In 1 Cor. 7, Paul is answering a question that had been asked by the Corinthians concerning marriage. Among the Jews in the church at Corinth the thought prevailed that every person whose age and circumstances allowed him to marry certainly ought to do so; and if he did not, he was considered guilty of transgressing a divine commandment. While on the other hand, there were certain ones who held to the view that matrimonial connection was inconsistent with purity. Paul reasoned that although in their present distress it was better for them to have no matrimonial connection at all, yet, to avoid unchastity, he commanded them to marry. Therefore, it is safe to conclude that one does not have to be married in order to be a Christian. However, if all circumstances are favorable, men ought to marry. That is God's order.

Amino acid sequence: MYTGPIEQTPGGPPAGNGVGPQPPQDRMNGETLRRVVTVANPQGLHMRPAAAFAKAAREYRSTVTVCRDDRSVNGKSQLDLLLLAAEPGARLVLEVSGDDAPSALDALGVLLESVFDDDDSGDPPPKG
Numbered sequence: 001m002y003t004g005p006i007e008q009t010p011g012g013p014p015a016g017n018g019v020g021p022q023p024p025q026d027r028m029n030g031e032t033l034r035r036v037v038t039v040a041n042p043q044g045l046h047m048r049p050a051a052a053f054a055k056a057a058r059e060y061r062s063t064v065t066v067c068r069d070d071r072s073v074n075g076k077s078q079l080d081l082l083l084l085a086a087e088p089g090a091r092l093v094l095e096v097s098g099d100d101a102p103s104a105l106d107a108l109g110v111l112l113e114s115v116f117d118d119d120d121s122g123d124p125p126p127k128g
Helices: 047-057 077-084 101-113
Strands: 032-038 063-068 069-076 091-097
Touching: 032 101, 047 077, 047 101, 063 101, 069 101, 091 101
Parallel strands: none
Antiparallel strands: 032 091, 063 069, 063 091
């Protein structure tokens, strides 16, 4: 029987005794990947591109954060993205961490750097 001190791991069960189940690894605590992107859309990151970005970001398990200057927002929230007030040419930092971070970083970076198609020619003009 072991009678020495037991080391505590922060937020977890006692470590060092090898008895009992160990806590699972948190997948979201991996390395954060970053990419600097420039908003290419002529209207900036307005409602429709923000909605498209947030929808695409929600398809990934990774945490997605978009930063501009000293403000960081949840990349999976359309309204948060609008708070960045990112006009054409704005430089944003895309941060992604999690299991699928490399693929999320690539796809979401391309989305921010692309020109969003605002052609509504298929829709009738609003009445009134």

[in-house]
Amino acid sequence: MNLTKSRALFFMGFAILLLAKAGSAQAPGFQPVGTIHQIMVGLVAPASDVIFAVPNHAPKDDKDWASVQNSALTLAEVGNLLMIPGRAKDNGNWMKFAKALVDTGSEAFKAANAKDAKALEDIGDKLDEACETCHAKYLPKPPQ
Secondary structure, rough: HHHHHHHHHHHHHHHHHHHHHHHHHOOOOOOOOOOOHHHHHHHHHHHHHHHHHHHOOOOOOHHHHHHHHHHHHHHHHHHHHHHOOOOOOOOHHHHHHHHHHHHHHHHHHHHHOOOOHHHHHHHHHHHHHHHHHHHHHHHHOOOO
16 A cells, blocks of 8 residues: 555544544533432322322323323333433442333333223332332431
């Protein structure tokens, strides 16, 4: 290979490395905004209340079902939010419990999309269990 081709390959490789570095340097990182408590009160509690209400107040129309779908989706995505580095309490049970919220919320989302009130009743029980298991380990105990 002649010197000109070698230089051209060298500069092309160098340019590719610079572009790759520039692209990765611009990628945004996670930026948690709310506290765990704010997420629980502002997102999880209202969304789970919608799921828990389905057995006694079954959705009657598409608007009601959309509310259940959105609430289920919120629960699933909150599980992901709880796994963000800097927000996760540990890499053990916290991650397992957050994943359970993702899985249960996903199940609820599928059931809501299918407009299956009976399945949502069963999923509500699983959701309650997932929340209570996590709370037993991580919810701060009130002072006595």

In 1 Tim. 3, Paul is talking about the qualifications of elders. He lists them both negative and positive, and I might add, one is as arbitrary as the other. It is my contention that Paul's injunction in verse two not only forbids polygamy but it likewise forbids celibacy. The force of the language and the grammatical construction of the sentence I think demands this conclusion. "The bishop therefore must be without reproach, the husband of one wife, . . . one that ruleth well his own house, having his children in subjection with all gravity; (but if a man knoweth not how to rule his own house, how shall he take care of the church of God?)" Should we follow brother Douthitt's reasoning through to its logical conclusion the sentence would read thus: The bishop therefore must be without reproach; and if he is married, the husband of one wife; . . . one that ruleth well his own house, if he has a house; having his children, if he has children, in subjection with all gravity; (but if a man knoweth not how to rule his own house, if he has a house, how shall he take care of the church of God?). I sincerely believe that sentence is too superfluous for even brother Douthitt to accept! Literally, the sentence reads thus: It behooves then the overseer to be . . . the husband of one wife . . ." In this sentence, "husband" is the subject of the infinitive "to be." "Of one wife" is a prepositional phrase used as an adjective modifying the word "husband." Therefore, "of one wife" is an adjectival element describing the kind of husband the overseer must be. One of the qualifications of an elder is that he be a husband. But not just any husband will do, he must be a husband with one wife; he must be a husband that rules well his own house; he must be a husband who has his children in subjection with all gravity. Perhaps it would be interesting if brother Douthitt would tell us how a man can be a husband, have a house (home) with children in it, and at the same time be an unmarried man!